Prevention and cure

Originally posted on January 30 on my blog for Inside Housing. 

As the Homelessness Reduction Bill passes its final stages in the House of Commons, it is time to mix celebration with realism.

The cause for celebration is that, once the bill has passed through the Lords, more people facing homelessness are entitled to help and that they will get it earlier. A landmark piece of legislation will make it on to the statute book 40 years after the Housing (Homeless Persons) Act 1977.

Conservative MP Bob Blackmandeserves great credit for leading the way but the bill was backed by Crisis, drew support from the government and MPs of all parties and has also had extensive input from Shelter and local authorities. Poppy Terry has a useful summary of how the bill has evolved on the Shelter policy blog.

Crucially, the bill was not just backed by the all-party Communities and Local Government Committee, it also went through extensive scrutiny. The issues are fiendishly complex but the comparison with the ‘back of a fag packet’ Housing and Planning Act could hardly be more marked.

Another positive is the way that good ideas can spread from one UK nation to another. The approach to homelessness prevention pioneered in Waleshas spread to England and is also interesting Scotland and Northern Ireland. Scotland’s ban on letting agent fees to tenants has influenced policy in England (and hopefully soon in Wales).

The new system was implemented in Wales in 2015 and has rightly been hailed for in successfully preventing homelessness. Research just published by Shelter Cymru found that homeless people themselves had seen a change for the better but it also found a system and a culture that is very much in transition.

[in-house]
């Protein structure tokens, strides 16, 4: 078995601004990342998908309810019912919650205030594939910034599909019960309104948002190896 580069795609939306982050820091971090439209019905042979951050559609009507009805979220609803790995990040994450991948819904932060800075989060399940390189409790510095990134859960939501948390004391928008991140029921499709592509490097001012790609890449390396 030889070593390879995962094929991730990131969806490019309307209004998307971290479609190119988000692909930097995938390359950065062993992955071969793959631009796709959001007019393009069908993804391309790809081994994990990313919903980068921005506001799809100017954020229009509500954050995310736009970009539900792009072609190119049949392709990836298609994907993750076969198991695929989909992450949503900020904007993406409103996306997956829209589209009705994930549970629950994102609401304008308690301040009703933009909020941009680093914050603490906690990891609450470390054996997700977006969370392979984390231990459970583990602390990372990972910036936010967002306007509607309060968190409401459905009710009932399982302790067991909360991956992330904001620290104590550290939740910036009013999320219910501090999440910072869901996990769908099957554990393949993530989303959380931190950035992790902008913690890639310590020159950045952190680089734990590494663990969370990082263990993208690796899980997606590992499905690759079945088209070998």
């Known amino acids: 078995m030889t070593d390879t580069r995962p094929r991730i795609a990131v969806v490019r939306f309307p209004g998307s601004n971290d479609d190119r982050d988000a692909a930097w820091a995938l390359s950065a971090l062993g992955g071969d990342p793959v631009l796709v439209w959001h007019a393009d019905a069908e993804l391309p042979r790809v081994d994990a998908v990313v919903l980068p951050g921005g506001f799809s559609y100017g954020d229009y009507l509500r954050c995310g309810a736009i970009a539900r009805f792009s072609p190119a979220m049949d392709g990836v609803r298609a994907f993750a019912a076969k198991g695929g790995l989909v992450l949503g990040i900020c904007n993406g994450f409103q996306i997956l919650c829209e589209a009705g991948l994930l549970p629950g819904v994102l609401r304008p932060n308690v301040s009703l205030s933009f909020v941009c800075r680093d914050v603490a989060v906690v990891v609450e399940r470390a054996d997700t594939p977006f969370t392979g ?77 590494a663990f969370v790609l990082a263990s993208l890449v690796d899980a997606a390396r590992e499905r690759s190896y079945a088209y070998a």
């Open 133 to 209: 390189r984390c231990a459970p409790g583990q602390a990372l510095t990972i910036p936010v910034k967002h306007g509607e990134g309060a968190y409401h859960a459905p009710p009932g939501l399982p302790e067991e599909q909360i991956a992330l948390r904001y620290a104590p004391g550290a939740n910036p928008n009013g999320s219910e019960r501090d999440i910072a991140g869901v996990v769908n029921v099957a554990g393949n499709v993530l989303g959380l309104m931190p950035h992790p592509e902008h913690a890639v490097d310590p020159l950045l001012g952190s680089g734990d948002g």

After the celebration, the realism starts with an appreciation that Wales and England are in very different places on housing and homelessness.

Homelessness is far higher in England, especially in London, and local authorities face having to implement the new system after years of deep cuts in funding.

Homelessness policy does not exist in isolation. Wales has carried on investing in social housing while England has been busily selling it off. Wales has retained a ringfenced Supporting People programme but councils in England continue to reduce funding following the removal of the ringfence in 2009 and the deep cuts in their funding seen since 2010. Only this month councils in NorfolkBirmingham and Sunderland have been debating more cuts despite dire warnings of rising homelessness.

The Westminster government that is supporting the Homelessness Reduction Bill is also pursuing what amounts to a homelessness expansion policy: relentless cuts in housing benefit, sanctions and cuts in entitlement, with more still to come, at the same time as housing policy has forced more people into the insecure private rented sector.

Figures last week showed that rough sleeping has risen by 16% in the last year and more than doubled since 2010. The last homelessness statistics showed that the number of families with children in bed and breakfast was up 13% last year and five times what it was in 2010.